The Pentagon is criticizing the House of Representative's request to upgrade Congress' air fleet -- and charge the cost to the Defense Department.
"It forces us to take money from things we do need to fund and redirect it for things we don't need," Geoff Morrell, a spokesman for Defense Secretary Robert Gates, told the Wall Street Journal. "And in a time of war, we just can't afford that. The bottom line is, for everything that they appropriate for us above and beyond what we've asked for, it will, at some point require us to find money from programs we do need."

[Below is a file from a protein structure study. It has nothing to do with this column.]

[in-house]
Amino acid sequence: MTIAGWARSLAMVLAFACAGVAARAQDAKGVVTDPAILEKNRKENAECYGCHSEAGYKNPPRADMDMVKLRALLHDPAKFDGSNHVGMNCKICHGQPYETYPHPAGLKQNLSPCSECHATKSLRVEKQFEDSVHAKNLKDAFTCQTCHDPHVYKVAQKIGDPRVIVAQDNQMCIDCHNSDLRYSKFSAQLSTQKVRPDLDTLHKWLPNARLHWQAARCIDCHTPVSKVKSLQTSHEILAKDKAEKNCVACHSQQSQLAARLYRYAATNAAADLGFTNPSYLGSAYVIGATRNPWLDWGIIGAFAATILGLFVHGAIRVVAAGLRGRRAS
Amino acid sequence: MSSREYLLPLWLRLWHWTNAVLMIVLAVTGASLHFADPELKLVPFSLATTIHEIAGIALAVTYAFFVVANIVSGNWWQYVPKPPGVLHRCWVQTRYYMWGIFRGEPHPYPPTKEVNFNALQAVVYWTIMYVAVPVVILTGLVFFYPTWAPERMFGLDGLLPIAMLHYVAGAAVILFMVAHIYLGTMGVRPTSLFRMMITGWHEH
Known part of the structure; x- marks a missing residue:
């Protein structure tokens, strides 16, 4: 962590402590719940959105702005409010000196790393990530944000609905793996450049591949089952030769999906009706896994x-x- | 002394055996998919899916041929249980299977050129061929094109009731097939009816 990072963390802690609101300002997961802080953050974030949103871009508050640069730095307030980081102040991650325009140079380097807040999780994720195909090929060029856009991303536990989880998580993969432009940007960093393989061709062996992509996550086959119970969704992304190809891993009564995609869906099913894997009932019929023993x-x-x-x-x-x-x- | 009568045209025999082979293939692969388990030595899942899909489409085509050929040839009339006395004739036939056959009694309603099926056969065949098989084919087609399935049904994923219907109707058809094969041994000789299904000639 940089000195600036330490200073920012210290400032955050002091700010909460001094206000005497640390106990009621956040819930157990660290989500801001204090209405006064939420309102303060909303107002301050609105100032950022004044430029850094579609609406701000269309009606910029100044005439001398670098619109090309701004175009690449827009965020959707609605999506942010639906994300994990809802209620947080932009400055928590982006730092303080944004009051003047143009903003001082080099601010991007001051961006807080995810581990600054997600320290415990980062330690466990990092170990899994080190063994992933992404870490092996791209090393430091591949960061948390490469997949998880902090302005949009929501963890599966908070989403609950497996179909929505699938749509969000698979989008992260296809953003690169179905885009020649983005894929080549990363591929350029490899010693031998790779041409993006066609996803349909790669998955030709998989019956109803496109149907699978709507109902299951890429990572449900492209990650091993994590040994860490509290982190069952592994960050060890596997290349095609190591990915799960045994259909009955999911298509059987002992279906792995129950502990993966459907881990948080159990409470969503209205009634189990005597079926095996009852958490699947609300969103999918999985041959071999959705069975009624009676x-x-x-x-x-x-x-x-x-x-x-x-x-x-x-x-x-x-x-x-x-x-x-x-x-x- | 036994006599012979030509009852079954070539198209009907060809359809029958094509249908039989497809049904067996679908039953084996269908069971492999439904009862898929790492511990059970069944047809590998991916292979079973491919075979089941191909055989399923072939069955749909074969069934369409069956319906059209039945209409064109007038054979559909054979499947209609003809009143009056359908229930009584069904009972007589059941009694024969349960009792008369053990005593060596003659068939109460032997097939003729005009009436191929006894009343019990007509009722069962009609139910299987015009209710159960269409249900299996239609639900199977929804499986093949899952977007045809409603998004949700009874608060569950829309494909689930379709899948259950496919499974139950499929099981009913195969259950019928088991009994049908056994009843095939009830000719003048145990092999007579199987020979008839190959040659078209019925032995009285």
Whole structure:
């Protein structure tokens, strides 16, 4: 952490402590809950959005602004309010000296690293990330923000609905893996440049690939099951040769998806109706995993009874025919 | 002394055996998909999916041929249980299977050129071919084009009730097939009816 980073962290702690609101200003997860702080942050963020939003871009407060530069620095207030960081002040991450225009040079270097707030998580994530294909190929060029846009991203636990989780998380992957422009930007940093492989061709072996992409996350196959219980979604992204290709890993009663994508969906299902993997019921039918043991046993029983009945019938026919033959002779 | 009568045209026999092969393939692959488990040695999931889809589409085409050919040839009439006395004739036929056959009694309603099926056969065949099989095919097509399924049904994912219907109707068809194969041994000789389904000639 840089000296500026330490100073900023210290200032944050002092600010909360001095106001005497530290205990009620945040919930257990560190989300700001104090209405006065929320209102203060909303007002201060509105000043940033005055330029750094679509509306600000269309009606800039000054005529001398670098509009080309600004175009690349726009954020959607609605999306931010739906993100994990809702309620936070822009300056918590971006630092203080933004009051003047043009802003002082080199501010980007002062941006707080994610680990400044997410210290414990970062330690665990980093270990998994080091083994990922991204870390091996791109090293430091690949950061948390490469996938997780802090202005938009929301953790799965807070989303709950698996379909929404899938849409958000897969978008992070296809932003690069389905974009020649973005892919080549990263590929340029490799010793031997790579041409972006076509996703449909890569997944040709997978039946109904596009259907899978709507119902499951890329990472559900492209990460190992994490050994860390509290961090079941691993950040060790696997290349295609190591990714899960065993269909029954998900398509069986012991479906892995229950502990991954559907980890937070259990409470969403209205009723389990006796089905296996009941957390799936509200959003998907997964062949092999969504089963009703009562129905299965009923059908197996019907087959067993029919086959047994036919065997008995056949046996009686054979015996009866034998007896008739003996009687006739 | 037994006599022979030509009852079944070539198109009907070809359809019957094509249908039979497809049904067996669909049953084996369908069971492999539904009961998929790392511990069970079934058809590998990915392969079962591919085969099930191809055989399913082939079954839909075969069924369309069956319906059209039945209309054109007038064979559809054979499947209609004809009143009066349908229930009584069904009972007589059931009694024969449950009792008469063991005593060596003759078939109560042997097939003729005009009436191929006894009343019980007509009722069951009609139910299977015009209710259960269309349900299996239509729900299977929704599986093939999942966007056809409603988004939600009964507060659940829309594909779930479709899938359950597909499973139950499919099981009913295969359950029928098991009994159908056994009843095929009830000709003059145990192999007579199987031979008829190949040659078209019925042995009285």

Lawmakers slipped the request into the Pentagon's proposed budget for 2010, insisting that Congress' current fleet of executive jets is old and more expensive to operate that newer, more efficient planes. They also say lawmakers use the jets only 14.5 percent of the time, compared to 44 percent usage by military members.
President Barack Obama sent Congress a Pentagon budget of $640.1 billion, which the House adjusted and scaled back to $636.3 billion. During that process, members requested $550 million to purchase eight passenger jets. Obama originally sought only $220 million to buy four planes.
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